Ron Shandler points out Ubaldo's tremendous run in late 2013.
On July 22, Ubaldo lost to the Seattle Mariners (!) 2-1 in a tough game. Afterward, he had an ERA of 4.49 and had looked like the same old Ubaldo Jimenez, just throwing the ball mindlessly albeit with a lot of talent. But ... On July 28, 2013, he blew away the Texas Rangers on a 2-hit shutout.
The actual 8-game streak, in which Jimenez didn't walk anybody, was the last 8 games of the season.
His pitch selection did indeed change: in 2013 he went through two phases:
- Pre-2013 he was a fastball pitcher.
- 1H 2013, he mixed fastballs, sliders, and forkballs.
- 2H 2013, he ditched the forkball and became a fastball-slider pitcher.
That's oversimplifying, but it gives you a feel for it. Check the graphic at the top of the article: The fastball drops and stays down, but in the 2H the purple (splitter) line drops also. Ubaldo settled on the FB-SL as his bread and butter, while he retains the option to use change and forkball as accents.
Q. Does Dr. D approve of this arsenal?
A. It's a David Cone approach. It's dangerously close to a Japanese approach.
For a pitcher to use two pitches, fastball and slider, and just grab the ball and huck it ... that's Jeremy Bonderman and Ian Snell. That is the definition of a "pro at-bat," reduce a pitcher to two pitches: one good one he likes, and one bad one the batter likes. (Figure out for yourself why this doesn't apply to Randy Johnson or Michael Pineda.)
However, if Bonderman used this attack while keeping hitters honest via the change and split, you've got a completely different question. The batter starts cheating, you embarrass him ... now, then, your FB-SL is a different matter.
Q. Is his motion really that bad?
A. Every bit that bad. He flings his glove mindlessly back at his shoulder blades, his eyes look three or four random places, and the limbs all go in weird directions like Charlie Furbush.
The finish is grotesque. I mean in the non-emotional sense of the word. The gargoyle on a Catholic building is comically repulsive and distorted, but you're not making a slur in calling it grotesque; you're describing its essential quality.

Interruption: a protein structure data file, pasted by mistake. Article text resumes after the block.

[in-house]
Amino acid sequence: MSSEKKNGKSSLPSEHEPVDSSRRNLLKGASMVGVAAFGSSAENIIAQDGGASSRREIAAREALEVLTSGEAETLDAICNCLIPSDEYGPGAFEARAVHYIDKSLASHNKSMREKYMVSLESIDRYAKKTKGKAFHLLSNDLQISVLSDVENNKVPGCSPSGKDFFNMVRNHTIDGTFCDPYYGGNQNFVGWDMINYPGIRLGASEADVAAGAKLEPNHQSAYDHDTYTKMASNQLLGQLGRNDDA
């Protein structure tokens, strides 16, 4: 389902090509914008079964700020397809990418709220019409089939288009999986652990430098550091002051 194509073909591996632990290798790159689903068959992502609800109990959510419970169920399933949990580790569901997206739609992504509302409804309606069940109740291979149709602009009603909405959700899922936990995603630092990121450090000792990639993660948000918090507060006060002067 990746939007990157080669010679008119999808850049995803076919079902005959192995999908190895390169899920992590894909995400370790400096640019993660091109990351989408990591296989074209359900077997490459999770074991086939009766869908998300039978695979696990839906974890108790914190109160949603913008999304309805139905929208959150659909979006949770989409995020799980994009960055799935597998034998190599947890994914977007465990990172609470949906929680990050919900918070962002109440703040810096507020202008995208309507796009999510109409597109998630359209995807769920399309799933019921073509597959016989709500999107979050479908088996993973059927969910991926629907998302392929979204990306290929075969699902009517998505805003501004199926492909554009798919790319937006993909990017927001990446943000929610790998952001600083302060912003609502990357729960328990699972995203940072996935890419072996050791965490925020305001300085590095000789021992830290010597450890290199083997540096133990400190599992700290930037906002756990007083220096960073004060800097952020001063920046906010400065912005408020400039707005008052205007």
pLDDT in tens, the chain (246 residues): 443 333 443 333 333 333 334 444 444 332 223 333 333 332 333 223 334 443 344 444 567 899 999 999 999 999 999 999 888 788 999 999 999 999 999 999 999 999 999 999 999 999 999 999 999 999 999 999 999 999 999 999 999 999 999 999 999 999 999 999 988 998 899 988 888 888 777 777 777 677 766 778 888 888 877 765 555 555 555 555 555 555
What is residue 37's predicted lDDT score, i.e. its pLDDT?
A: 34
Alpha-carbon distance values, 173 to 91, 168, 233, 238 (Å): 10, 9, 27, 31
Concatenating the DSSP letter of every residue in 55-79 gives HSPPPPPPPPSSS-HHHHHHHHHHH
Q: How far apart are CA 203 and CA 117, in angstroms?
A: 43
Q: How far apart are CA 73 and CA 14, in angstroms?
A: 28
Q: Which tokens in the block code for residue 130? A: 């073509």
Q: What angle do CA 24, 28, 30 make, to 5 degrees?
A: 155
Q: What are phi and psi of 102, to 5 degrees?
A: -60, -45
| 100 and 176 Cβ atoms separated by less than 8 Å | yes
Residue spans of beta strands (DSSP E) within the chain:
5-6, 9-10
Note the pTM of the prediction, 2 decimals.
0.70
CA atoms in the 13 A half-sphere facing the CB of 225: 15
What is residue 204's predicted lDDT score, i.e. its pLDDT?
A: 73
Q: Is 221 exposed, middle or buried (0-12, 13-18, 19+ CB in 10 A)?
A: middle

He steps kind of short, but gets his CG incredibly low ... and then finishes real short, like in a fetal position as he releases the ball. His toe is pointed at the plate while his knee is pointed at 1B -- stand up and try that. His hip is torqued badly relative to his CG. He lands way off balance and not in the same way each time.
Here are a couple of still shots, but you really have to watch him in action...
The good news is, the batters have 99 kinds of trouble picking up the ball.
Q. Maybe he's got a harmonious sports motion BEFORE the decel?
A. The decel is grotesque BECAUSE --- > he is not in control of his center of gravity.
Q. So how can he maintain that kind of control?
A. He was absolutely "painting" in the last 8 starts. Check out this Sept. 29 game. He sticks the landing on a barrage of 92-94 fastballs ... on the black, on the hands, up at the letters. It's gruesome.
He buries the change and slider superbly, starting at the knees and dropping out of the zone. Yowza. He'd have mangled any team in the majors.
He won't maintain that kind of control. It says here.
Do you remember when Joe Saunders finished 2012 on a white-hot blaze of glory? We still-photo'ed the whole thing for yer, and pointed out that he was just --- > out of his mind, in terms of hitting the catcher's glove.
We gave Saunders a 5-10% chance of having figured out how to do this reliably, and a 90-95% chance of being the Same Old Joe. Have we ever steered yer wrong? :- )
It says here that Ubaldo was just white-hot. 85-90% chance.
Q. Maybe that is why Major League GM's are so skeptical this winter?
A. You read it here first. I'll bet you an NFC Championship cap that ^^^ the above two Q's are precisely the reason that Jimenez is hearing crickets.
Q. What's it like to face him?
A. Well, he's still "effectively wild." He's got five or six strikeout weapons, and his velocity is still dangerous. He sits 92, maybe, but that ball explodes.
- Fastball painted on the black
- Fastball up
- Slider down
- Slider back-door to LH, or "at" RH
- Change/fork on the black to LH
- Change/fork dropping below the knees to either
- Fastball in
Any of those seven pitches, gentlemen, can spin a batter on his heel for the long walk back. And Ubaldo himself sometimes doesn't know where it's going, so ...
Felix Hernandez, on a hot day, with seven Modelos in him. That's what you're getting. Do you want it?
Q. You concur, then, that the "batted ball authority" off Jimenez is a little light? As Blengino says?
Q. What are the "trends?"
A. They've flattened out now. Which is a moment that GM's should be treasuring.
At age 30, and no longer throwing 97 MPH ... Jimenez seems to have his arms around his game. That's how SSI would put it. He's not suddenly Bret Saberhagen, but the inconsistency probably IS in the rear view mirror.
Q. Most-comparable pitchers, to the Ubaldo that we'll see in 2014-16?
A. I'll plump for Yu Darvish.
The current version of Tim Lincecum is also similar ... four pitches, four walks, ten strikeouts, as with Yu. Get you a 13-strikeout nuking of the Yankees, or an early shower once in a while. I'll take it.
Obviously Darvish sits a little higher than Ubaldo on this ladder, but I'd probably have to take Ubaldo over Timmy.
Q. Leaving us where?
A. I like Ubaldo. A lot. As much as it pains me to admit that Spectator was ahead of Dr. D on anything. This was undoubtedly the first and last time .......
Med reports willing, SSI goes 4 years, $17M. Now if only the State of Wisconsin would promote us, as a community, from "bloggers" to "Executive VP of Baseball Operations."
Q. Anything else?
A. Ubaldo used to pitch for the Rockies, you know. If Gordon has something different, go with the NYT Best Selling author.